Now, how did this fact affect specific age groups? Let’s have a closer look.
- 18-34-year-olds want to go back to the life they used to have
As COVID-19 restrictions gradually loosen up, and more public spaces open in Canada and the US, it looks like younger generations are starting to remember what their life was like in pre-COVID times. ‘Shopping at a mall’ (Upsiide Score of 64) and ‘going to amusement parks’ (64) are in the top 5 most-missed activities for 18-34-year-olds. To compare, these activities ranked 13th and 18th in the 2020 study. This year, ‘going to a concert’ has a Trade-off Score of 64%, which means that this group would rather head to a live concert than ‘go grocery shopping’, which only got a 36% Trade-Off Score.
The data doesn’t lie - for the most part, younger generations are open to getting back to large groups of people and crowds. This is hugely relevant for any businesses in the entertainment industry - 18-34 year olds want a taste of the pre-COVID times.
- People over 50 especially miss human connection
While the need for more social activities is evident across all age groups, respondents over 50 seem to be the most affected. In 2020, this group chose ‘going grocery shopping’ as their most missed activity, giving it an Upsiide Score of 72. ‘Going grocery shopping’ was so popular that the difference between this activity and the next most missed activity (‘not worrying about touching things in public’) was a whopping 27 points. It seems that in 2020, the older generation worried more about how they complete their routine tasks than other “emotionally-driven” activities like ‘giving hugs’ (the Upsiide Score 44) or ‘hanging out with my friends’ (42).
But when we look at the results from this year, the most missed activities are ‘giving hugs’ (the Upsiide score 71), ‘going out to restaurants’ (68) and ‘hanging out with my friends’ (66). What can we make out of this data? We can assume that in the context of the pandemic, when health officials made a warning that older generations are more susceptible to getting COVID-19, this demographic group felt particularly isolated from the rest of the population. This likely had a huge impact on their mental health and can explain why they’ve most missed the activities listed above.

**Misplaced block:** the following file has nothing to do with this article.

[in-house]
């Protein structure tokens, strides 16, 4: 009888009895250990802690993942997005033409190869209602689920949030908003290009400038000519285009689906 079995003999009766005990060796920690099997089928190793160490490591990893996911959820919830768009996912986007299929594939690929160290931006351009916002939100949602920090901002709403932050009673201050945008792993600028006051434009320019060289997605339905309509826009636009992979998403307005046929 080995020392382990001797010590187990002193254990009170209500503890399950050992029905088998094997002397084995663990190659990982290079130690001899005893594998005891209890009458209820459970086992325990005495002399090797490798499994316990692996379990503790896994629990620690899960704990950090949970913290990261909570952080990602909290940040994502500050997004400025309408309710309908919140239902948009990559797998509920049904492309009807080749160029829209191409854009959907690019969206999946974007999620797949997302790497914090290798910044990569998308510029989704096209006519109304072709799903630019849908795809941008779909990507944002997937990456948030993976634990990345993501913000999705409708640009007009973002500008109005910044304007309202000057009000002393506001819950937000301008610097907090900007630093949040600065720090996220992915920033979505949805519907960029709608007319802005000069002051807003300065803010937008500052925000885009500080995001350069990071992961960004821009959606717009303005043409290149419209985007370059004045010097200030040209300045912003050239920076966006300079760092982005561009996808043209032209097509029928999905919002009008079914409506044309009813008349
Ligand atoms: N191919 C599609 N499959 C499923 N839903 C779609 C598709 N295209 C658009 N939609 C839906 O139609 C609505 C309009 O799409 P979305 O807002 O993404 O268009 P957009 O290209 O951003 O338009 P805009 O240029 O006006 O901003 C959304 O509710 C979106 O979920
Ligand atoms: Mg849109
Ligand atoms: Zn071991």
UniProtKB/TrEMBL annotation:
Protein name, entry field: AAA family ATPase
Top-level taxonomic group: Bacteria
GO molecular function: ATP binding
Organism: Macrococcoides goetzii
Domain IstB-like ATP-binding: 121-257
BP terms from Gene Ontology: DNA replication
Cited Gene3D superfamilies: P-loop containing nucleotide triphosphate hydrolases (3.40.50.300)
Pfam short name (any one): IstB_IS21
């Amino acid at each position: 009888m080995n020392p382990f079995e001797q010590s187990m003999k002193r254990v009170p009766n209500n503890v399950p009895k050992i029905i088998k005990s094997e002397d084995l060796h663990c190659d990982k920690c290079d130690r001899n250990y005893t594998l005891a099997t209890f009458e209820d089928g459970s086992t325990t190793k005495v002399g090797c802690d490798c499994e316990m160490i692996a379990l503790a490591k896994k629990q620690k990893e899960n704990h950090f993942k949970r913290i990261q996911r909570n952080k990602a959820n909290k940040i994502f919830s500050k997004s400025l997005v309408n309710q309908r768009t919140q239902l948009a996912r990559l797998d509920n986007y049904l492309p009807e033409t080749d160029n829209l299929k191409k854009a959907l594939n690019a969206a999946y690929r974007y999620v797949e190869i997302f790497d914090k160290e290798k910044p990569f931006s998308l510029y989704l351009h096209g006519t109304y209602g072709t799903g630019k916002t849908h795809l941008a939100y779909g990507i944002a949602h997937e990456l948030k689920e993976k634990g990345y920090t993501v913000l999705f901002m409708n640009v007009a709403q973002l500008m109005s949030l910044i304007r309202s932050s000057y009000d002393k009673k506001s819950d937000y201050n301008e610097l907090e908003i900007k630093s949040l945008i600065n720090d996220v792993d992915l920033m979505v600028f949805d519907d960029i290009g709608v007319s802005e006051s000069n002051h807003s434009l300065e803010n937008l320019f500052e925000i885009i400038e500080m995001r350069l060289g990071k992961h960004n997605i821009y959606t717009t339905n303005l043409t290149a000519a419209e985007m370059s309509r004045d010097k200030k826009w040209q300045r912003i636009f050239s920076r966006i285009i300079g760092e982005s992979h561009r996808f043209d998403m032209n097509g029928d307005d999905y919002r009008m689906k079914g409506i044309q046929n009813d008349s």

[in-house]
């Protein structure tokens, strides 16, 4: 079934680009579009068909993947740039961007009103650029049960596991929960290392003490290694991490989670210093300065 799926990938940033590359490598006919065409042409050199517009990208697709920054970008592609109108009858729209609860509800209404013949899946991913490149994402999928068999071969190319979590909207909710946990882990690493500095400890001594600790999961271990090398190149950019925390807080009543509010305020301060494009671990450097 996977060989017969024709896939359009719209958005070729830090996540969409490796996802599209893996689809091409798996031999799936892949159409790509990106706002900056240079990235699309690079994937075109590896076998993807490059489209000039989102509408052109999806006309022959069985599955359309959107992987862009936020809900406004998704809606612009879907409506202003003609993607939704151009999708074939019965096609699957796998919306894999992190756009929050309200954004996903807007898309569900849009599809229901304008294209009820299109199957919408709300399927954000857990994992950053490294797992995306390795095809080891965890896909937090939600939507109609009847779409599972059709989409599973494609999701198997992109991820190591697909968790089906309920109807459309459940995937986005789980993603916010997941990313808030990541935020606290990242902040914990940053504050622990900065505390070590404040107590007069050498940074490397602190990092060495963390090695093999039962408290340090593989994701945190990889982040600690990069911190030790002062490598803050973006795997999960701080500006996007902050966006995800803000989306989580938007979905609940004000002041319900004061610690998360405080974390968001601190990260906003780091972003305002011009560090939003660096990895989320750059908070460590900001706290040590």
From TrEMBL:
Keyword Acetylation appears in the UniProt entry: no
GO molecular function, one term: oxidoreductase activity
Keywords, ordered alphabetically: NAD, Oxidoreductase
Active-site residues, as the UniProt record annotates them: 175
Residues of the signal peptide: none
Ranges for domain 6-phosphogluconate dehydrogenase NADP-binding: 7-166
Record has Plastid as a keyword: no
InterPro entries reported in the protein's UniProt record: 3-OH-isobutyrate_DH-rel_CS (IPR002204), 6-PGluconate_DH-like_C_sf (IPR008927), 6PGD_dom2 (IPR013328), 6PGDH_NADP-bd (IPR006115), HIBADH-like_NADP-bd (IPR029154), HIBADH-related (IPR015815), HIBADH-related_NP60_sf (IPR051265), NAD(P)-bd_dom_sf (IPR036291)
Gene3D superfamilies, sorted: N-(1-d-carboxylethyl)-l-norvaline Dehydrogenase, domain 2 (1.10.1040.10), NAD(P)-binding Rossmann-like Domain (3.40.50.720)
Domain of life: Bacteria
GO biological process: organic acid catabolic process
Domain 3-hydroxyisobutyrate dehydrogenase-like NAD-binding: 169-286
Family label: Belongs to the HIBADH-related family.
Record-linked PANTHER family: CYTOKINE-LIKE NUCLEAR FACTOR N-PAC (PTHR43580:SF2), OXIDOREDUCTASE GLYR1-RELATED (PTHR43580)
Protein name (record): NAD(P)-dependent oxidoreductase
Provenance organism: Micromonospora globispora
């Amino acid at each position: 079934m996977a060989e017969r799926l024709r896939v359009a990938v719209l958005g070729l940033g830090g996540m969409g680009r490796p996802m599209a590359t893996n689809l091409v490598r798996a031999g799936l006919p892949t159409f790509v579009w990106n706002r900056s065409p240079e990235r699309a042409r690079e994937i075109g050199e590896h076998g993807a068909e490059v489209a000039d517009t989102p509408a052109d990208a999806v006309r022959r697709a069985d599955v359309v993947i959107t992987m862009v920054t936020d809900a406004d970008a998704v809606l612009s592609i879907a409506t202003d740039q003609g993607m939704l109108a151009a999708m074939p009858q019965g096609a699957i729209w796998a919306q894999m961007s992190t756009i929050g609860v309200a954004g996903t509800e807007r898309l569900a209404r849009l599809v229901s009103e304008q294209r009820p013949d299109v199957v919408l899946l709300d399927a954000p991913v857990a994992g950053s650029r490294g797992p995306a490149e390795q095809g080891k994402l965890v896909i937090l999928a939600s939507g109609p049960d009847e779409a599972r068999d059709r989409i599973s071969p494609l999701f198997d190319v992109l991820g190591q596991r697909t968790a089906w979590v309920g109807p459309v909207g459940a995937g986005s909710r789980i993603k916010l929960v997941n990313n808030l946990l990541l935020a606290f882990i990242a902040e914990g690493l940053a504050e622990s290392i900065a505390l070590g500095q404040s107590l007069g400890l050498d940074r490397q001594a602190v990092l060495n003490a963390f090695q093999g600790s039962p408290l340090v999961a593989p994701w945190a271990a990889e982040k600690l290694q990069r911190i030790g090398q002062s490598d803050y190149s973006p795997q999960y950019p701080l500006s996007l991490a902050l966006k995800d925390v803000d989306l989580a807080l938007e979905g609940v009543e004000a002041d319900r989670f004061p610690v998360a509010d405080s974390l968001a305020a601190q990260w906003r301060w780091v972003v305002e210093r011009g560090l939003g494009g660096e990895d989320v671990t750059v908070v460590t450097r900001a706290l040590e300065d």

- Physical and mental health are so closely linked.
We’ve discussed mental health quite a bit, but what about physical health? This year, we asked respondents to tell us how their physical and mental health had changed (if at all) since last year. 27% of respondents told us that their physical health has worsened in 2021, and approximately the same percentage told us that their physical health had gotten better this year. The interesting bit comes when we cross-reference those that feel their physical health has worsened since last year; they also feel their mental health has worsened since 2020. The data demonstrates that health is...health. And while some people think of physical and mental health as separate things, they’re far more connected than people used to think.
This becomes even more apparent when we look at what might have helped respondents maintain their physical and mental well-being throughout the pandemic; words like ‘exercise’ and ‘activities’ come up in both cases. One of the respondents wrote that “not being mentally stressed out” would have helped them be healthier because this mental state “in turn caused a bit of laziness”. This statement demonstrates the connective tissue between physical and mental health. We should think of health holistically to best understand the results.
A final note
There are so many other insights that these studies have revealed about the realities of post-pandemic life. As the world is “opening up” again and people are navigating through the new normal, we’re curious to know how things will change in the coming years.
If you’d like to dig deeper into our research about the activities people miss doing in 2020 and 2021, there’s two full studies to explore - we’d love to show you more.